• Eye witness accounts indicate that Mr Lilienfeld's brother (Gustav), who was body-boarding with him at the time of the attack, tried in vain to reach and assist his brother. The two were however separated by strong wave action.
  • As he was unable to reach his brother, Gustav Lilienfeld left the water.
  • The shark was seen swimming in the area for at least 40 minutes after the attack
  • The waves and the current washed the body of the victim towards the shoreline.
  • Mr David Lilienfield's body was pulled onto the rocks by bystanders.

Emergency Response

The first emergency calls were received at 12.40pm. At 13:00, the NSRI arrived on scene by road and air and reported that the victim's body was on the rocks at the base of the cliff. The NSRI took control of retrieving the body of the victim, as per standard protocol. The NSRI dispatched one of their vessels, as well as a helicopter, to assist. Due to the difficult location of the victim's body and the proximity of the cliffs, the medevac helicopter was unable to retrieve the body and returned to base. At this point both the skipper of the vessel, as well as the helicopter pilot, reported the presence of two white sharks in the area.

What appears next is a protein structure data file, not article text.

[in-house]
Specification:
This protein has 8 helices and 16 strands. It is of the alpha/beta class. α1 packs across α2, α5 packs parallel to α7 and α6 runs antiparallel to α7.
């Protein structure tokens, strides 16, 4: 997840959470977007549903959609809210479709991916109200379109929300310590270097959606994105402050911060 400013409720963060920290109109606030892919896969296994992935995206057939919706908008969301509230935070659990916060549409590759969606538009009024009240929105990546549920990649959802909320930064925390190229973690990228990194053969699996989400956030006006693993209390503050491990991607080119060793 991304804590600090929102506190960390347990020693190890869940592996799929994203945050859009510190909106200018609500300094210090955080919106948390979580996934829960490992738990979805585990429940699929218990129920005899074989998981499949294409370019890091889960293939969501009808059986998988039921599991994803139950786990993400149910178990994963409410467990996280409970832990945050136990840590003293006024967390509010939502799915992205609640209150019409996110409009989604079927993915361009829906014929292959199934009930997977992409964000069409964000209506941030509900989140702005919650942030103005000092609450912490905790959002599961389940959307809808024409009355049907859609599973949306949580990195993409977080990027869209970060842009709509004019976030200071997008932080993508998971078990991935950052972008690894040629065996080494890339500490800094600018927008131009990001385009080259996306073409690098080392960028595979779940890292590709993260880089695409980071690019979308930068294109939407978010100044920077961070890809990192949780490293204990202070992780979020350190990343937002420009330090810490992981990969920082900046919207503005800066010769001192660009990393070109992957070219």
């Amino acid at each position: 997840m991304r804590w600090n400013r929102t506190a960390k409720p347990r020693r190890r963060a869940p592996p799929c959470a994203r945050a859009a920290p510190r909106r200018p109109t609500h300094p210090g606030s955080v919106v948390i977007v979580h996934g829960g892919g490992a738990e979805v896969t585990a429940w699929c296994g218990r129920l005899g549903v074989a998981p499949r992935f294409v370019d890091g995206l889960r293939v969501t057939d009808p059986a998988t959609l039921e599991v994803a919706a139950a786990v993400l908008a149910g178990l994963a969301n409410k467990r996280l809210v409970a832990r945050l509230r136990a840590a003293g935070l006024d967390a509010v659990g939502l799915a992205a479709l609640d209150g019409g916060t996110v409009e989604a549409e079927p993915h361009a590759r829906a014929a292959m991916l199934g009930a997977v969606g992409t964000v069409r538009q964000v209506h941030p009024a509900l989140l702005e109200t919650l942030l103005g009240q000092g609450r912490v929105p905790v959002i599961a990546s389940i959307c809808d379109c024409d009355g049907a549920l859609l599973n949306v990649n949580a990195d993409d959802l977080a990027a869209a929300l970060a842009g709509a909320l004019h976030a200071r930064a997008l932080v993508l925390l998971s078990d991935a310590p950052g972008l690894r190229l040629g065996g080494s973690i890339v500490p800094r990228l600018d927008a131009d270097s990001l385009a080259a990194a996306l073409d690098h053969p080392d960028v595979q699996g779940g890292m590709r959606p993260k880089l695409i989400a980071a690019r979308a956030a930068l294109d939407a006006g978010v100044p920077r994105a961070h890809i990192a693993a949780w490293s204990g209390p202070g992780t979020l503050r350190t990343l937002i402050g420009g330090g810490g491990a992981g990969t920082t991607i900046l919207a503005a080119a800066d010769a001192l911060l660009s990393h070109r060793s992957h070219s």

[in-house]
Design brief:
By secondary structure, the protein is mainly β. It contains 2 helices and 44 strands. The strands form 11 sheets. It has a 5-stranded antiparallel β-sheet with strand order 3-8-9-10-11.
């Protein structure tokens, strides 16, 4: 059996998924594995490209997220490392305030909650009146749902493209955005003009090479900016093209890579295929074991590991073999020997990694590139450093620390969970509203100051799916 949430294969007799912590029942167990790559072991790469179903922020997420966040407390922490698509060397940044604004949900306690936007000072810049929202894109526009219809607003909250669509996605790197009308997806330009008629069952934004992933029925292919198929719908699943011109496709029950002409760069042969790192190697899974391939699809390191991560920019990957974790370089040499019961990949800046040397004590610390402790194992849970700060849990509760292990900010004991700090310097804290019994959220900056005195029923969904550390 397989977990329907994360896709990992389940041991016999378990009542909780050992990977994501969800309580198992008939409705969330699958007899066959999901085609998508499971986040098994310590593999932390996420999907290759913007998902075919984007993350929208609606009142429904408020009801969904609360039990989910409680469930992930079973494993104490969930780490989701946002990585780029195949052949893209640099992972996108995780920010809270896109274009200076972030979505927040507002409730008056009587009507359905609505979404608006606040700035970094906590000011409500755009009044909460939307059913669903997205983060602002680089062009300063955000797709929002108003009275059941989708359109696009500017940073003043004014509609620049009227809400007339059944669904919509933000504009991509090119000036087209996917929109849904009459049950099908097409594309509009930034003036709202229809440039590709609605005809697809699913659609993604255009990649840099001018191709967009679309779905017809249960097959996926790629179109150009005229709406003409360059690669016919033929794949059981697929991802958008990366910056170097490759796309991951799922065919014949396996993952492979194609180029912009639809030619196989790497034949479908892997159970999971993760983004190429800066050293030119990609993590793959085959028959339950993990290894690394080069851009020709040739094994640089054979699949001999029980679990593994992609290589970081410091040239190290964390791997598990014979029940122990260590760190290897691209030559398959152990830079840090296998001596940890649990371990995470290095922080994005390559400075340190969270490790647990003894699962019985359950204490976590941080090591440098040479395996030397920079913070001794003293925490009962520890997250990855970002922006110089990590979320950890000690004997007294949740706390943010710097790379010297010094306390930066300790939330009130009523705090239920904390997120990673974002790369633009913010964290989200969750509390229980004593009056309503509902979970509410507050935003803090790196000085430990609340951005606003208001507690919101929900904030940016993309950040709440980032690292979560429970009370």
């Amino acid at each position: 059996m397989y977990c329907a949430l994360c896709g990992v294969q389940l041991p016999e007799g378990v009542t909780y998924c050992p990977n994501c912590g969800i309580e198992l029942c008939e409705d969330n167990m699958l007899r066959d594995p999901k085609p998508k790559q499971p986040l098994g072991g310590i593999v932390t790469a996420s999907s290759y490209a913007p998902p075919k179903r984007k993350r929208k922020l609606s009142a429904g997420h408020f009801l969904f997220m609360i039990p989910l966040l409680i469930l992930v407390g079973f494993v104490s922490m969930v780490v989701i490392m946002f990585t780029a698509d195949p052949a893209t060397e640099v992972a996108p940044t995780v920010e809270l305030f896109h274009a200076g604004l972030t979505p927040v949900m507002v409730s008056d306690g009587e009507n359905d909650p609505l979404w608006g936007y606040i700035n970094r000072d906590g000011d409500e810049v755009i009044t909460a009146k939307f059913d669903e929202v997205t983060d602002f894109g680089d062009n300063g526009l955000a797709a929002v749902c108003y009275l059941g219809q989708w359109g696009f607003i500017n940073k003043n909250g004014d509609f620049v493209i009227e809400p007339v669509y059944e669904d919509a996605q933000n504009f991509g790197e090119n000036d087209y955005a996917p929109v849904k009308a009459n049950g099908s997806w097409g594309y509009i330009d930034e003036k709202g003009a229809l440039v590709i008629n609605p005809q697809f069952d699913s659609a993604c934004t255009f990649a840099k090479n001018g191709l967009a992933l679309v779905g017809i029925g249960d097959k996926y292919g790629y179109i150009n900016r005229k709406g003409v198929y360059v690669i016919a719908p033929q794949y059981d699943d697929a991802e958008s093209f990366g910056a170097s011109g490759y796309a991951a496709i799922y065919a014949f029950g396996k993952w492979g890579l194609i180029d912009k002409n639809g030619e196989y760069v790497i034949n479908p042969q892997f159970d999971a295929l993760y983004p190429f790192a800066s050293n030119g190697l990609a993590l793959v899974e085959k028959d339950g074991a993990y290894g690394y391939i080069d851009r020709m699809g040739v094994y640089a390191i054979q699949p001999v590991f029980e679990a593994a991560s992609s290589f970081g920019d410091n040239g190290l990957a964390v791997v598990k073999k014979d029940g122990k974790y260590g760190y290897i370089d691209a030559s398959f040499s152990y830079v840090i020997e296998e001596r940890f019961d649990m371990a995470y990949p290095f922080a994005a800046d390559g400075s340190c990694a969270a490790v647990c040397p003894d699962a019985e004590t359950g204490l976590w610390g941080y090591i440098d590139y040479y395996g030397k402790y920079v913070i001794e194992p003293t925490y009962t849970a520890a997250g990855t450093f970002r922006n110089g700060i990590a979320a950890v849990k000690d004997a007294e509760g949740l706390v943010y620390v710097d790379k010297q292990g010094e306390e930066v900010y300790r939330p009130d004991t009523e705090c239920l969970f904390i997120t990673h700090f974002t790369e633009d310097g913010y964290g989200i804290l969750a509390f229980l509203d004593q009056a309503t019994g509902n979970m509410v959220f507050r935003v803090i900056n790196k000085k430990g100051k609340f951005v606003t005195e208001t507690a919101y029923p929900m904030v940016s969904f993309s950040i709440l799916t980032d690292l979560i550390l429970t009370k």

At 15.10 pm, the victim's body was recovered from the rocks by ground personnel and carried up to the road. The victim's father and brother were on scene throughout the recovery of the body.

City's Response

At 13.10pm the City's Disaster Risk Management Department sent a SMS notification to all relevant City staff confirming the fatal shark attack. The City's Environmental Resource Management Department (ERMD) immediately dispatched a team from the Shark Spotting Programme to the area to:

  • Assist with closing the beach
  • Undertake witness interviews and investigate the events before, during and after the attack.

Once the team had been notified and dispatched, ERMD then notified the Sport, Recreation and Amenities (SRA) Department at 13:18 and requested that SRA assist in closing the beach to swimming with the assistance of their District Staff. SRA immediately arranged for the closing of the beach, and also confirmed the closure.

A media release was issued informing the public. The Department of Environmental Affairs Oceans and Coasts Branch was also notified.

The White Shark Flag, indicating a closed beach due to shark activity, was raised at the main gate at Kogel Bay Resort, where visitors were advised of the beach closure at 14:45. A shark spotter was deployed to the "Cave" beach area and remained on site to actively inform the public. The shark spotter retuned to the "Cave" beach area on the morning of 20 April 2012 to continue ensuring beach closure.

Environmental Conditions